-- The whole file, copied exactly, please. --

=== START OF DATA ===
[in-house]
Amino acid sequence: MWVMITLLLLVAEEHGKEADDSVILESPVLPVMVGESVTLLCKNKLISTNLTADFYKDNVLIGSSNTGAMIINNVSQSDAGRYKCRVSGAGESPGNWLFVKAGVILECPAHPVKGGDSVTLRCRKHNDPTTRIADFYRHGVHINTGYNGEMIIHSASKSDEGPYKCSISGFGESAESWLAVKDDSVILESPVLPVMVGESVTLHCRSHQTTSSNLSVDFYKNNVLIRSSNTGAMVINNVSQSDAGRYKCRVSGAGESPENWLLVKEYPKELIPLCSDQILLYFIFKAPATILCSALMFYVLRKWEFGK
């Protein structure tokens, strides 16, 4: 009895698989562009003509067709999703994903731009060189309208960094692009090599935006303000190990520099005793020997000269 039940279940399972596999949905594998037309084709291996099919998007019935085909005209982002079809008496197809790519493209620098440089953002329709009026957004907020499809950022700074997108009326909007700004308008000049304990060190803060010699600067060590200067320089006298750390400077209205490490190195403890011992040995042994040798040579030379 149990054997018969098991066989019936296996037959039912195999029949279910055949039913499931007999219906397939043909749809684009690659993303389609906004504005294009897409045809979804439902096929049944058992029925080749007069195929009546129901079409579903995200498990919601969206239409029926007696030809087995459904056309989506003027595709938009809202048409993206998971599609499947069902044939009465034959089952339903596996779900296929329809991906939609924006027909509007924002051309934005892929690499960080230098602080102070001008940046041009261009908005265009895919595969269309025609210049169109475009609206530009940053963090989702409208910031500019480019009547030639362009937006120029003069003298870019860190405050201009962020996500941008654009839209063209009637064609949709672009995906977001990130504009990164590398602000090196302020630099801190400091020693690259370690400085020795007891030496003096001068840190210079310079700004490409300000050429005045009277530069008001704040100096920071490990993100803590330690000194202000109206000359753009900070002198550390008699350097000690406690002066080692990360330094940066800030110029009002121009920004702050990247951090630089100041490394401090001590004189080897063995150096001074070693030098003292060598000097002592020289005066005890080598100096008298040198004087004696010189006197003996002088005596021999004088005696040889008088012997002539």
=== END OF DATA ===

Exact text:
[in-house]
Amino acid sequence: MWVMITLLLLVAEEHGKEADDSVILESPVLPVMVGESVTLLCKNKLISTNLTADFYKDNVLIGSSNTGAMIINNVSQSDAGRYKCRVSGAGESPGNWLFVKAGVILECPAHPVKGGDSVTLRCRKHNDPTTRIADFYRHGVHINTGYNGEMIIHSASKSDEGPYKCSISGFGESAESWLAVKDDSVILESPVLPVMVGESVTLHCRSHQTTSSNLSVDFYKNNVLIRSSNTGAMVINNVSQSDAGRYKCRVSGAGESPENWLLVKEYPKELIPLCSDQILLYFIFKAPATILCSALMFYVLRKWEFGK
């Protein structure tokens, strides 16, 4: 009895698989562009003509067709999703994903731009060189309208960094692009090599935006303000190990520099005793020997000269 039940279940399972596999949905594998037309084709291996099919998007019935085909005209982002079809008496197809790519493209620098440089953002329709009026957004907020499809950022700074997108009326909007700004308008000049304990060190803060010699600067060590200067320089006298750390400077209205490490190195403890011992040995042994040798040579030379 149990054997018969098991066989019936296996037959039912195999029949279910055949039913499931007999219906397939043909749809684009690659993303389609906004504005294009897409045809979804439902096929049944058992029925080749007069195929009546129901079409579903995200498990919601969206239409029926007696030809087995459904056309989506003027595709938009809202048409993206998971599609499947069902044939009465034959089952339903596996779900296929329809991906939609924006027909509007924002051309934005892929690499960080230098602080102070001008940046041009261009908005265009895919595969269309025609210049169109475009609206530009940053963090989702409208910031500019480019009547030639362009937006120029003069003298870019860190405050201009962020996500941008654009839209063209009637064609949709672009995906977001990130504009990164590398602000090196302020630099801190400091020693690259370690400085020795007891030496003096001068840190210079310079700004490409300000050429005045009277530069008001704040100096920071490990993100803590330690000194202000109206000359753009900070002198550390008699350097000690406690002066080692990360330094940066800030110029009002121009920004702050990247951090630089100041490394401090001590004189080897063995150096001074070693030098003292060598000097002592020289005066005890080598100096008298040198004087004696010189006197003996002088005596021999004088005696040889008088012997002539």